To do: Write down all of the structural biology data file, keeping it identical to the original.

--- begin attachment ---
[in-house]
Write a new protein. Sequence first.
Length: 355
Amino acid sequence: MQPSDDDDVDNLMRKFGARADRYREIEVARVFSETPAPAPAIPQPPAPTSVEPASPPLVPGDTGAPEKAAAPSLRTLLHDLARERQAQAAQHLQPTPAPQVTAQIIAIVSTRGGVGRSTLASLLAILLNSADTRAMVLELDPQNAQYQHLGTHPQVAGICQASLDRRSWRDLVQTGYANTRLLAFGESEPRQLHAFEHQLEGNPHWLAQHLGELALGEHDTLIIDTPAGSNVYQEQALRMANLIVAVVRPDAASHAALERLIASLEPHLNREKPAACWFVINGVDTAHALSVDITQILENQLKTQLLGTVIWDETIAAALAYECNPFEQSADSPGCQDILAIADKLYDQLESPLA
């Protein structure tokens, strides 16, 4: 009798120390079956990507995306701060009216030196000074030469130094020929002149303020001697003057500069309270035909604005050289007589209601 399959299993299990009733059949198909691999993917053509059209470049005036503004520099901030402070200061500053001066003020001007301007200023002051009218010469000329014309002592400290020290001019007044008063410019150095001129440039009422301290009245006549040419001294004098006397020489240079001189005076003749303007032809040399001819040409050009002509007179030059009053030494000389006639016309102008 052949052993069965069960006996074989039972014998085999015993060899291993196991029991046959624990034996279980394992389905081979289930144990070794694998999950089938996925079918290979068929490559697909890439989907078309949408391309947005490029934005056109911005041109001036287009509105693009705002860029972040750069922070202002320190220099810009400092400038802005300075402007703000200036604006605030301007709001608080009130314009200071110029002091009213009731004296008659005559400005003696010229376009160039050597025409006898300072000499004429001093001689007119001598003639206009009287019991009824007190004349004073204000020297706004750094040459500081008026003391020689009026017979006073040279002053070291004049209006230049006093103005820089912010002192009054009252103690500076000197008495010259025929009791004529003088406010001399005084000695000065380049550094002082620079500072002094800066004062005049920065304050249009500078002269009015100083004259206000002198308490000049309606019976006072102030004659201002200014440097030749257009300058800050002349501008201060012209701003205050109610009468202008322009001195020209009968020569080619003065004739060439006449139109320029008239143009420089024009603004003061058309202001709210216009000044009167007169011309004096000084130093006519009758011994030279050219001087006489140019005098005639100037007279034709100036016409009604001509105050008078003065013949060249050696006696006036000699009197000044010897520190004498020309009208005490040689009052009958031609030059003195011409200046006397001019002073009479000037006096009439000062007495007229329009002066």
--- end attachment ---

[in-house]
Write a new protein. Sequence first.
Length: 355
Amino acid sequence: MQPSDDDDVDNLMRKFGARADRYREIEVARVFSETPAPAPAIPQPPAPTSVEPASPPLVPGDTGAPEKAAAPSLRTLLHDLARERQAQAAQHLQPTPAPQVTAQIIAIVSTRGGVGRSTLASLLAILLNSADTRAMVLELDPQNAQYQHLGTHPQVAGICQASLDRRSWRDLVQTGYANTRLLAFGESEPRQLHAFEHQLEGNPHWLAQHLGELALGEHDTLIIDTPAGSNVYQEQALRMANLIVAVVRPDAASHAALERLIASLEPHLNREKPAACWFVINGVDTAHALSVDITQILENQLKTQLLGTVIWDETIAAALAYECNPFEQSADSPGCQDILAIADKLYDQLESPLA
């Protein structure tokens, strides 16, 4: 009798120390079956990507995306701060009216030196000074030469130094020929002149303020001697003057500069309270035909604005050289007589209601 399959299993299990009733059949198909691999993917053509059209470049005036503004520099901030402070200061500053001066003020001007301007200023002051009218010469000329014309002592400290020290001019007044008063410019150095001129440039009422301290009245006549040419001294004098006397020489240079001189005076003749303007032809040399001819040409050009002509007179030059009053030494000389006639016309102008 052949052993069965069960006996074989039972014998085999015993060899291993196991029991046959624990034996279980394992389905081979289930144990070794694998999950089938996925079918290979068929490559697909890439989907078309949408391309947005490029934005056109911005041109001036287009509105693009705002860029972040750069922070202002320190220099810009400092400038802005300075402007703000200036604006605030301007709001608080009130314009200071110029002091009213009731004296008659005559400005003696010229376009160039050597025409006898300072000499004429001093001689007119001598003639206009009287019991009824007190004349004073204000020297706004750094040459500081008026003391020689009026017979006073040279002053070291004049209006230049006093103005820089912010002192009054009252103690500076000197008495010259025929009791004529003088406010001399005084000695000065380049550094002082620079500072002094800066004062005049920065304050249009500078002269009015100083004259206000002198308490000049309606019976006072102030004659201002200014440097030749257009300058800050002349501008201060012209701003205050109610009468202008322009001195020209009968020569080619003065004739060439006449139109320029008239143009420089024009603004003061058309202001709210216009000044009167007169011309004096000084130093006519009758011994030279050219001087006489140019005098005639100037007279034709100036016409009604001509105050008078003065013949060249050696006696006036000699009197000044010897520190004498020309009208005490040689009052009958031609030059003195011409200046006397001019002073009479000037006096009439000062007495007229329009002066």